The first printing press was established in the British colonies in 1639, and by the 1700s, printed literature had begun to supplant handwritten writings. However, the emergence of machine-generated texts did not lessen the relevance of handwritten writings; rather, the contrast elevated the latter as a more human and intimate mode of communication. This is not to say that handwriting served as a vehicle of self-expression, but rather of self-presentation, as Tamara P. Thornton points out in Handwriting in America; identity in the 18th century was not about individuality, but about one’s sex, occupation, and class — one’s role and place in the social order. The same way that one’s attire and demeanor defined one’s social status, so did one’s handwriting style.

Handwriting, and hence the ability to sign one’s name, was formerly primarily restricted to literate, upper-class males, making it a symbol of status, breeding, and riches. The illiterate were unable to write and could only use a “X” to sign their names.

As a middle class of professionals (doctors, attorneys) and merchants emerged in the 18th century and into the 19th, literacy and handwriting improved. Handwriting was especially connected with trade, since merchants were required to maintain detailed records, conduct transactions, and formulate agreements.

The social classes were differentiated by the “hand” in which they chose to write. Businessmen used a strong, direct, concise, and correct script to demonstrate their authority and efficiency, as well as the impression they wanted to create on others.

Aristocratic gentlemen created a script style matching their leisured lifestyle in order to distinguish themselves from the common, commercial classes — from people who had to labor for a livelihood. They could afford to be a bit more ornamental in their hand, a little more reckless and illegible when writing for personal enjoyment. Handwriting “admire[d] in excellent Gentlemen” displayed “an Easiness of Gesture, and disengag’d Air,” according to a 1741 treatise on penmanship.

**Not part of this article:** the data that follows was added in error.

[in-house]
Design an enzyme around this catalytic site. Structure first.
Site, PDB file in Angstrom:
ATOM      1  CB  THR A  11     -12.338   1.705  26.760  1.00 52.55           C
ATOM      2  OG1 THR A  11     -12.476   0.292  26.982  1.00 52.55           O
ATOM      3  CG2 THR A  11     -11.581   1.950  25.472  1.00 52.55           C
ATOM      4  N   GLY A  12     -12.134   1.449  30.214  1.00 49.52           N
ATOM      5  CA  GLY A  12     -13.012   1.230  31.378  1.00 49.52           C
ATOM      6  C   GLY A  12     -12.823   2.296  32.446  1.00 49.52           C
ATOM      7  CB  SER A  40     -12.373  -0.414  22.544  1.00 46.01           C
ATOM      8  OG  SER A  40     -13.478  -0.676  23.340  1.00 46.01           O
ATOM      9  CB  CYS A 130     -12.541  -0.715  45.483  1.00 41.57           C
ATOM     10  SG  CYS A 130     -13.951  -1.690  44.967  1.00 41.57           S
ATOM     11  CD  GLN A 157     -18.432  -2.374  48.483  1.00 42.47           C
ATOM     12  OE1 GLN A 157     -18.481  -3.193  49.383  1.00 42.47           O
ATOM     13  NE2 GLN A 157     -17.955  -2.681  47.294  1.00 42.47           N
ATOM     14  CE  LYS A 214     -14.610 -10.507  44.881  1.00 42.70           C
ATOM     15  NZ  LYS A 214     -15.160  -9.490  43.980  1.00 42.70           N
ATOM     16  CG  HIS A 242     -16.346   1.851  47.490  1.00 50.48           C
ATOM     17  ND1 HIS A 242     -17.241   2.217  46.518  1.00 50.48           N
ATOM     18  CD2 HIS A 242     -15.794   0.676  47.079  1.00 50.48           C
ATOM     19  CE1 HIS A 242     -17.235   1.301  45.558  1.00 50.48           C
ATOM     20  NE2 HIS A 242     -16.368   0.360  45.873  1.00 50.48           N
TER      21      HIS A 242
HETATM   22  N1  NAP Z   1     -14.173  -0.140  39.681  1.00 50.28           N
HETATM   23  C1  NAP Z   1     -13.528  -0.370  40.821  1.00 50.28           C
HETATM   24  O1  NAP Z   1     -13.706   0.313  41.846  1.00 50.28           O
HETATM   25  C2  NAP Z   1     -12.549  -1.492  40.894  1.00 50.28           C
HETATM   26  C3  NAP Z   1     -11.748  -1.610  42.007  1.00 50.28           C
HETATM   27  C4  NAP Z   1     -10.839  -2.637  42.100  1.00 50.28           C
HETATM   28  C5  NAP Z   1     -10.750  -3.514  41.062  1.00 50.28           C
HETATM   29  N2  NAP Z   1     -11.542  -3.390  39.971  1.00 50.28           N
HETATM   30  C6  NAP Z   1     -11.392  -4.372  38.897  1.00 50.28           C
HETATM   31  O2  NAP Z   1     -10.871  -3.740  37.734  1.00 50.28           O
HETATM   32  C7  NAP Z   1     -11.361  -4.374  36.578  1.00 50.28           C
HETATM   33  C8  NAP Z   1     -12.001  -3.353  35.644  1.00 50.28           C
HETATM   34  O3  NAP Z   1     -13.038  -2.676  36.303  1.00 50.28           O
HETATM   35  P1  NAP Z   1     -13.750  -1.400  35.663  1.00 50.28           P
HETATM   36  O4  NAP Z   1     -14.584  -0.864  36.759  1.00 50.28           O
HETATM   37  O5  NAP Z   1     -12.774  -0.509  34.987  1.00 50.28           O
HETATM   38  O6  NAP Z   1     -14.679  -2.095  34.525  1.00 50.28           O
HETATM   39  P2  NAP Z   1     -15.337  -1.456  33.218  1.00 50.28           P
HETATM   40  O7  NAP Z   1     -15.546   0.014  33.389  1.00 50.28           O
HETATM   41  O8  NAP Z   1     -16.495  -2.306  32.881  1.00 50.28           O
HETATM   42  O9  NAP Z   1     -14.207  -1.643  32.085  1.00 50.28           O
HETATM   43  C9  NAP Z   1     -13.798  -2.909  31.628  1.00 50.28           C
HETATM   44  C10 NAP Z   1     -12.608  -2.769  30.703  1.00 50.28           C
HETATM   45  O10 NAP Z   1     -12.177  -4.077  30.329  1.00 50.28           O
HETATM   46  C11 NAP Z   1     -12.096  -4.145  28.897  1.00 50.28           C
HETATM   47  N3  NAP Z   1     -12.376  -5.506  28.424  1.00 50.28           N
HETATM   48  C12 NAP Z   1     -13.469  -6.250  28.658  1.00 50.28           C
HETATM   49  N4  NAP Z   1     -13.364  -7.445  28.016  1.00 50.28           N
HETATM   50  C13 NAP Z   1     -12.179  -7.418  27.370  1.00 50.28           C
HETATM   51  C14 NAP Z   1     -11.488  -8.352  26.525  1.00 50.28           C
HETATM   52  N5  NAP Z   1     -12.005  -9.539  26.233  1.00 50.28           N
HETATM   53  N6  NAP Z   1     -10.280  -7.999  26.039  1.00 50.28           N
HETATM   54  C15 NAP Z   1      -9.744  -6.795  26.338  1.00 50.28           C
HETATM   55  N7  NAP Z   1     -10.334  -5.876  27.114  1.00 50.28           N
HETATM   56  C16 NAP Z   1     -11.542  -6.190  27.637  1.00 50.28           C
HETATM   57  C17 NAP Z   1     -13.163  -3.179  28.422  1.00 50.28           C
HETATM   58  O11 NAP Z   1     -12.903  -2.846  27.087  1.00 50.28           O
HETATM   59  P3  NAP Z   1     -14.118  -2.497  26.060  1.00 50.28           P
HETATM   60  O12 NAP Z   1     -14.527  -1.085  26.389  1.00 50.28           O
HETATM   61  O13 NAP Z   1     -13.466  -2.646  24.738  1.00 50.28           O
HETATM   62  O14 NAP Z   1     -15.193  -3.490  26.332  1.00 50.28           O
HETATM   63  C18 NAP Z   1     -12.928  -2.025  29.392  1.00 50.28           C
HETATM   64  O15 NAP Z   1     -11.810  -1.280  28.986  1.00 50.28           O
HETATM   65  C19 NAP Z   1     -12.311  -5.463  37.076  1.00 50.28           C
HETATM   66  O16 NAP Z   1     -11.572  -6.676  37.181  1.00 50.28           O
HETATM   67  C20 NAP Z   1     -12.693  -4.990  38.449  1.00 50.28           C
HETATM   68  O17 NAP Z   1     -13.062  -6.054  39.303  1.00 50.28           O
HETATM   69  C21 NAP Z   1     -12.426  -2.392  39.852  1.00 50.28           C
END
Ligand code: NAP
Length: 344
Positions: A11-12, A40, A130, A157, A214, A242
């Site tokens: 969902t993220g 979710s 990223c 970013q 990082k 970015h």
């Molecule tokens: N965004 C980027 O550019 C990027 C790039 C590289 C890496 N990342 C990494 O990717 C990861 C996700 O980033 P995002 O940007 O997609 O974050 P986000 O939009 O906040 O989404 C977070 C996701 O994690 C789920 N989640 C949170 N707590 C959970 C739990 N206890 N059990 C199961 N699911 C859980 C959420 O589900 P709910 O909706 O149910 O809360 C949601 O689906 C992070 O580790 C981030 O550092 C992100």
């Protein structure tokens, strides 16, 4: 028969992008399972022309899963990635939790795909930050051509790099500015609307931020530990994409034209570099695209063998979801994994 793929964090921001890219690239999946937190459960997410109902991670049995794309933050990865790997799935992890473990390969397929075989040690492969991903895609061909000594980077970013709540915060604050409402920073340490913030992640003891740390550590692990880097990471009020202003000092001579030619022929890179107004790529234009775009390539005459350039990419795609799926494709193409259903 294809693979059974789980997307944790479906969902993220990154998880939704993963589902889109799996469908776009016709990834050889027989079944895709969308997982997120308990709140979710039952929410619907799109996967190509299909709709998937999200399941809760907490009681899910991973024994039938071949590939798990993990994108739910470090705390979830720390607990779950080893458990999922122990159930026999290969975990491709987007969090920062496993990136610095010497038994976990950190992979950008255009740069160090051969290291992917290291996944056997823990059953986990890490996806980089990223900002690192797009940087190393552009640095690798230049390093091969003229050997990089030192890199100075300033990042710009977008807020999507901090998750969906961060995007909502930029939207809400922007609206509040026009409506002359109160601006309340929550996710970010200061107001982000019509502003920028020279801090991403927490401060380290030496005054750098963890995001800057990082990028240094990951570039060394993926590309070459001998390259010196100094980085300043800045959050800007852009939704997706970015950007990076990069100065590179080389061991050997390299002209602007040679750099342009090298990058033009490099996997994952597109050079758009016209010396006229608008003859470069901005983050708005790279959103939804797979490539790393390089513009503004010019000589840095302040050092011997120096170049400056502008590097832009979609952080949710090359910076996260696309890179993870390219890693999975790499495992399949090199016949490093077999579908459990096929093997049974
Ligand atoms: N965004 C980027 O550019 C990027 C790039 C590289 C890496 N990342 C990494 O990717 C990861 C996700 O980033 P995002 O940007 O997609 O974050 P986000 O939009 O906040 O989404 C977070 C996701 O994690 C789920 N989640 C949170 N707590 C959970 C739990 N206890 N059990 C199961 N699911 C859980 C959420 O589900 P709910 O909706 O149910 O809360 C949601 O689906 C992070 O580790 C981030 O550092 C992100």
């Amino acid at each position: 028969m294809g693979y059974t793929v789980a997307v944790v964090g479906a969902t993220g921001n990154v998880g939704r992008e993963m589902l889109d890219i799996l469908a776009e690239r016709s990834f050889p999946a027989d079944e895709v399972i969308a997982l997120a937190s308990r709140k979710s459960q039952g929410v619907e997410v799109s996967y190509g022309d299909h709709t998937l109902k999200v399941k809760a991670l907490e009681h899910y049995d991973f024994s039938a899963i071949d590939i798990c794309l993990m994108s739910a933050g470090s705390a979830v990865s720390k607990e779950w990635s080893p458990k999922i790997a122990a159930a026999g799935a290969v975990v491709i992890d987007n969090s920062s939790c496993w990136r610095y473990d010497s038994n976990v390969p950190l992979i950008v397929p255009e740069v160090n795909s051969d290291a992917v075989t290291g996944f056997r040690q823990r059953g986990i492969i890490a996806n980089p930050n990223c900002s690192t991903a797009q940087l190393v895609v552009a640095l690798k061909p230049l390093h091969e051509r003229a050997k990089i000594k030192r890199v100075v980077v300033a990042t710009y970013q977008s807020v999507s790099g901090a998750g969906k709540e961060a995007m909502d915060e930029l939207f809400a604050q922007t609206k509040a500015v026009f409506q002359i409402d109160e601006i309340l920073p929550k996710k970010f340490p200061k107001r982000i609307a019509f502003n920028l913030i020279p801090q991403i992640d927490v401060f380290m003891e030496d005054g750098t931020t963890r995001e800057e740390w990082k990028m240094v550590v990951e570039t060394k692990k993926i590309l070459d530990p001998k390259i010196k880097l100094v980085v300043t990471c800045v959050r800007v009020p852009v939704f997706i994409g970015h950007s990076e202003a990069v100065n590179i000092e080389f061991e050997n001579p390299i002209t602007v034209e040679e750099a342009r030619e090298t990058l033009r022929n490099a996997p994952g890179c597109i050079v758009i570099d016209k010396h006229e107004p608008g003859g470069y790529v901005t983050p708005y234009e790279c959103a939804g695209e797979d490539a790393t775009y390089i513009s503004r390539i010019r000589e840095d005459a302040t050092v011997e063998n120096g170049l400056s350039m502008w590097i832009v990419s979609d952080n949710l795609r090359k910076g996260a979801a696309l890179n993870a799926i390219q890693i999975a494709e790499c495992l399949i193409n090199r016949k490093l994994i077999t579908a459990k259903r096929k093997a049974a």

In the Victorian period, the implications linked with handwriting altered as the concept of a gentleman changed. “Gentility” became a meritocratic attribute of character rather than an exclusive function of lineage. Inner characteristics like as thrift, industry, discipline, and honesty became a matter of honor, and excellent handwriting was regarded to not only serve as visible proof of these inside virtues, but also to assist cultivate them.

The Spencerian form of writing became a popular model for penmanship in the mid-nineteenth century, and its instructors and devotees made promises about its adoption that went beyond the simply utilitarian. This kind of cursive required precise physical alignment, such as maintaining a straight stance, bending the arm precisely so, and pointing the foot correctly. The physical and mental discipline required to write well, as well as the mental discipline required to stick to the drills and practice required to perfect what was referred to as a “noble and refining art,” were thought to strengthen a man’s self-mastery, allowing the development of all good character traits. At the same time, his impeccable handwriting demonstrated that he had such qualities. “To write illegibly or clumsily is nearly to sacrifice one’s credibility,” a Boston school principal said, while a penmanship copybook gave kids a more positive credo to inscribe repeatedly: “A tidy handwriting is a letter of recommendation.” A man’s handwriting and signature, like his clothes and manners, were regarded to be a calling card to his reputation (and were in fact used on his literal calling cards).

 

While handwriting was widely regarded at this time as an external embodiment of one’s inner ideals, it was still mostly a matter of self-presentation, a manifestation of one’s public reputation and adherence to society’s honor code, rather than personal self-expression. However, at the same time, a group formed that saw handwriting in the same light.

As a form of self-expression, the signature